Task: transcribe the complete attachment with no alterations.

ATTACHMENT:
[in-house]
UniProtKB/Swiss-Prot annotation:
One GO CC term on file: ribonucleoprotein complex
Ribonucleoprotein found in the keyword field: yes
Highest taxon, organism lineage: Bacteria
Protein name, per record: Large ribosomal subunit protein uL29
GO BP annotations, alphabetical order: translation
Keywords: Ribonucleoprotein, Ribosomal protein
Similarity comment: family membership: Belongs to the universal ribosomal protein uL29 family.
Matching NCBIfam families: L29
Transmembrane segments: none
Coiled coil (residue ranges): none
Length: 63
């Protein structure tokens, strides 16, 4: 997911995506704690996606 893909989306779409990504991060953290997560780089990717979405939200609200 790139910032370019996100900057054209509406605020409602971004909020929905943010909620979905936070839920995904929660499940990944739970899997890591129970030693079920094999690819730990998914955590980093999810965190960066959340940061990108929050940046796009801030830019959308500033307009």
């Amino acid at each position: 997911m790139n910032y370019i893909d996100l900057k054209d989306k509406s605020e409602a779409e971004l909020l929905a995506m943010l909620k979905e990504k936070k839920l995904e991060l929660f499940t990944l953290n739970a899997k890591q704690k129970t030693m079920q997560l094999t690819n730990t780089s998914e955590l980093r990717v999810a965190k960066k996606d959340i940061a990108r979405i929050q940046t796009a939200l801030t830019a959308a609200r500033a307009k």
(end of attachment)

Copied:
[in-house]
UniProtKB/Swiss-Prot annotation:
One GO CC term on file: ribonucleoprotein complex
Ribonucleoprotein found in the keyword field: yes
Highest taxon, organism lineage: Bacteria
Protein name, per record: Large ribosomal subunit protein uL29
GO BP annotations, alphabetical order: translation
Keywords: Ribonucleoprotein, Ribosomal protein
Similarity comment: family membership: Belongs to the universal ribosomal protein uL29 family.
Matching NCBIfam families: L29
Transmembrane segments: none
Coiled coil (residue ranges): none
Length: 63
């Protein structure tokens, strides 16, 4: 997911995506704690996606 893909989306779409990504991060953290997560780089990717979405939200609200 790139910032370019996100900057054209509406605020409602971004909020929905943010909620979905936070839920995904929660499940990944739970899997890591129970030693079920094999690819730990998914955590980093999810965190960066959340940061990108929050940046796009801030830019959308500033307009």
């Amino acid at each position: 997911m790139n910032y370019i893909d996100l900057k054209d989306k509406s605020e409602a779409e971004l909020l929905a995506m943010l909620k979905e990504k936070k839920l995904e991060l929660f499940t990944l953290n739970a899997k890591q704690k129970t030693m079920q997560l094999t690819n730990t780089s998914e955590l980093r990717v999810a965190k960066k996606d959340i940061a990108r979405i929050q940046t796009a939200l801030t830019a959308a609200r500033a307009k």